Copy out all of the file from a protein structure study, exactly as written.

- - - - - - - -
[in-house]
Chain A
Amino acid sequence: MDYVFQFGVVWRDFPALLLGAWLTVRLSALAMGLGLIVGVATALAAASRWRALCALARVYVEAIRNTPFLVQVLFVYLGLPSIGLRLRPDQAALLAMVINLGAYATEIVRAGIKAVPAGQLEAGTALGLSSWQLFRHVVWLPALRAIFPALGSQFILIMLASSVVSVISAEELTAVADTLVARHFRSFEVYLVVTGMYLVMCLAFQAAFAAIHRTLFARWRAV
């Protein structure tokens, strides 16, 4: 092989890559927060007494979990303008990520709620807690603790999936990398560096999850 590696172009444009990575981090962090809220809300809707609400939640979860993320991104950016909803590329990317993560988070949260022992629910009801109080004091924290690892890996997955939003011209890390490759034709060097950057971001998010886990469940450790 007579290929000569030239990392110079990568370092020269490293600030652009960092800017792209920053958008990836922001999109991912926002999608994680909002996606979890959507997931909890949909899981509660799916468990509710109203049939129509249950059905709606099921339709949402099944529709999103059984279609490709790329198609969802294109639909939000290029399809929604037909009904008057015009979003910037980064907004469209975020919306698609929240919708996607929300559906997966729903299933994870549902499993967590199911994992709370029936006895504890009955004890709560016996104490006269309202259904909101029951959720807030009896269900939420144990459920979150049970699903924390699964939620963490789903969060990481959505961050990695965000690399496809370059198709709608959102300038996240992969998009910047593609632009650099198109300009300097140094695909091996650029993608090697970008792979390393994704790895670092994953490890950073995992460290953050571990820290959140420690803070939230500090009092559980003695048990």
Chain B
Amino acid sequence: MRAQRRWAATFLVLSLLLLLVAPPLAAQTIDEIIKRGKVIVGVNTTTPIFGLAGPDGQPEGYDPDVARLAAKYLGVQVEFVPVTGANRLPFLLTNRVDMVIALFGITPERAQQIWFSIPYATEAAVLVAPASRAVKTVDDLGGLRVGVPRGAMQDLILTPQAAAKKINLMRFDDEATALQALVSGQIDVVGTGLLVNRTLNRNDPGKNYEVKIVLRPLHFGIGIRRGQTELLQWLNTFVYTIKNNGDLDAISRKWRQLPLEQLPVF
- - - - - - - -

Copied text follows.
[in-house]
Chain A
Amino acid sequence: MDYVFQFGVVWRDFPALLLGAWLTVRLSALAMGLGLIVGVATALAAASRWRALCALARVYVEAIRNTPFLVQVLFVYLGLPSIGLRLRPDQAALLAMVINLGAYATEIVRAGIKAVPAGQLEAGTALGLSSWQLFRHVVWLPALRAIFPALGSQFILIMLASSVVSVISAEELTAVADTLVARHFRSFEVYLVVTGMYLVMCLAFQAAFAAIHRTLFARWRAV
């Protein structure tokens, strides 16, 4: 092989890559927060007494979990303008990520709620807690603790999936990398560096999850 590696172009444009990575981090962090809220809300809707609400939640979860993320991104950016909803590329990317993560988070949260022992629910009801109080004091924290690892890996997955939003011209890390490759034709060097950057971001998010886990469940450790 007579290929000569030239990392110079990568370092020269490293600030652009960092800017792209920053958008990836922001999109991912926002999608994680909002996606979890959507997931909890949909899981509660799916468990509710109203049939129509249950059905709606099921339709949402099944529709999103059984279609490709790329198609969802294109639909939000290029399809929604037909009904008057015009979003910037980064907004469209975020919306698609929240919708996607929300559906997966729903299933994870549902499993967590199911994992709370029936006895504890009955004890709560016996104490006269309202259904909101029951959720807030009896269900939420144990459920979150049970699903924390699964939620963490789903969060990481959505961050990695965000690399496809370059198709709608959102300038996240992969998009910047593609632009650099198109300009300097140094695909091996650029993608090697970008792979390393994704790895670092994953490890950073995992460290953050571990820290959140420690803070939230500090009092559980003695048990």
Chain B
Amino acid sequence: MRAQRRWAATFLVLSLLLLLVAPPLAAQTIDEIIKRGKVIVGVNTTTPIFGLAGPDGQPEGYDPDVARLAAKYLGVQVEFVPVTGANRLPFLLTNRVDMVIALFGITPERAQQIWFSIPYATEAAVLVAPASRAVKTVDDLGGLRVGVPRGAMQDLILTPQAAAKKINLMRFDDEATALQALVSGQIDVVGTGLLVNRTLNRNDPGKNYEVKIVLRPLHFGIGIRRGQTELLQWLNTFVYTIKNNGDLDAISRKWRQLPLEQLPVF